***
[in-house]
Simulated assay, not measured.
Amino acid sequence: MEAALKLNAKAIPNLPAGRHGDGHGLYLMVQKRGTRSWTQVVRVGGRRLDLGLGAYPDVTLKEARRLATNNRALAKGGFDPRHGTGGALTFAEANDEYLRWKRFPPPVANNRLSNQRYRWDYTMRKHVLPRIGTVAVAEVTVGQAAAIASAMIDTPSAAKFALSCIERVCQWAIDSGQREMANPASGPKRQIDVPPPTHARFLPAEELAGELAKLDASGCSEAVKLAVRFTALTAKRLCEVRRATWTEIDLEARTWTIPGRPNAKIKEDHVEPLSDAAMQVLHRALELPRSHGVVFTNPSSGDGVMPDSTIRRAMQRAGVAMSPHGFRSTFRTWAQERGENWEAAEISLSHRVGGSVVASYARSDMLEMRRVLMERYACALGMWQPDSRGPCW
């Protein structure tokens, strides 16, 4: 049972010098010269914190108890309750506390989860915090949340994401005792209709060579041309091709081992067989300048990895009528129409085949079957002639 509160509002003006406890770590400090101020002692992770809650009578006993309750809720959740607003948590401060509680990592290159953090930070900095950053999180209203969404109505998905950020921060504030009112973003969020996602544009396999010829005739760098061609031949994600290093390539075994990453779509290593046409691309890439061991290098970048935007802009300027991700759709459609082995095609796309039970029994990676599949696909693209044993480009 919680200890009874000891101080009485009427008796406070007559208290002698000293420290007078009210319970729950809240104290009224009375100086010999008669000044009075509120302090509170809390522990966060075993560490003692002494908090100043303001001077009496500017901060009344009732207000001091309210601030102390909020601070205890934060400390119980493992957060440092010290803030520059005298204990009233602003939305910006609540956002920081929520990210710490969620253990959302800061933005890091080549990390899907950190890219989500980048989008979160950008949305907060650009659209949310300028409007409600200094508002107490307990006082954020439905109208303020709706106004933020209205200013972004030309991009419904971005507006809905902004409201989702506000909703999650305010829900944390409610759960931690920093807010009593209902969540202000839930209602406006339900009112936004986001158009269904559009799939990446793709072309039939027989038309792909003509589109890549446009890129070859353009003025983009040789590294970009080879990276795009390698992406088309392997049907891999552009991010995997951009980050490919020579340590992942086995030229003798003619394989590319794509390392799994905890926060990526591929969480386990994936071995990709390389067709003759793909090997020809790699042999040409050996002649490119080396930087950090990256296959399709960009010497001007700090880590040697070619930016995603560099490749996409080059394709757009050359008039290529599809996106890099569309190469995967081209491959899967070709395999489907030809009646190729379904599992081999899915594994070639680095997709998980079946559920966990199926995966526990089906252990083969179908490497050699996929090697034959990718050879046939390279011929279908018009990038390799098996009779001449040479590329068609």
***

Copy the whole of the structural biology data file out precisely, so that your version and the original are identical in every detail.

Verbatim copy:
[in-house]
Simulated assay, not measured.
Amino acid sequence: MEAALKLNAKAIPNLPAGRHGDGHGLYLMVQKRGTRSWTQVVRVGGRRLDLGLGAYPDVTLKEARRLATNNRALAKGGFDPRHGTGGALTFAEANDEYLRWKRFPPPVANNRLSNQRYRWDYTMRKHVLPRIGTVAVAEVTVGQAAAIASAMIDTPSAAKFALSCIERVCQWAIDSGQREMANPASGPKRQIDVPPPTHARFLPAEELAGELAKLDASGCSEAVKLAVRFTALTAKRLCEVRRATWTEIDLEARTWTIPGRPNAKIKEDHVEPLSDAAMQVLHRALELPRSHGVVFTNPSSGDGVMPDSTIRRAMQRAGVAMSPHGFRSTFRTWAQERGENWEAAEISLSHRVGGSVVASYARSDMLEMRRVLMERYACALGMWQPDSRGPCW
């Protein structure tokens, strides 16, 4: 049972010098010269914190108890309750506390989860915090949340994401005792209709060579041309091709081992067989300048990895009528129409085949079957002639 509160509002003006406890770590400090101020002692992770809650009578006993309750809720959740607003948590401060509680990592290159953090930070900095950053999180209203969404109505998905950020921060504030009112973003969020996602544009396999010829005739760098061609031949994600290093390539075994990453779509290593046409691309890439061991290098970048935007802009300027991700759709459609082995095609796309039970029994990676599949696909693209044993480009 919680200890009874000891101080009485009427008796406070007559208290002698000293420290007078009210319970729950809240104290009224009375100086010999008669000044009075509120302090509170809390522990966060075993560490003692002494908090100043303001001077009496500017901060009344009732207000001091309210601030102390909020601070205890934060400390119980493992957060440092010290803030520059005298204990009233602003939305910006609540956002920081929520990210710490969620253990959302800061933005890091080549990390899907950190890219989500980048989008979160950008949305907060650009659209949310300028409007409600200094508002107490307990006082954020439905109208303020709706106004933020209205200013972004030309991009419904971005507006809905902004409201989702506000909703999650305010829900944390409610759960931690920093807010009593209902969540202000839930209602406006339900009112936004986001158009269904559009799939990446793709072309039939027989038309792909003509589109890549446009890129070859353009003025983009040789590294970009080879990276795009390698992406088309392997049907891999552009991010995997951009980050490919020579340590992942086995030229003798003619394989590319794509390392799994905890926060990526591929969480386990994936071995990709390389067709003759793909090997020809790699042999040409050996002649490119080396930087950090990256296959399709960009010497001007700090880590040697070619930016995603560099490749996409080059394709757009050359008039290529599809996106890099569309190469995967081209491959899967070709395999489907030809009646190729379904599992081999899915594994070639680095997709998980079946559920966990199926995966526990089906252990083969179908490497050699996929090697034959990718050879046939390279011929279908018009990038390799098996009779001449040479590329068609």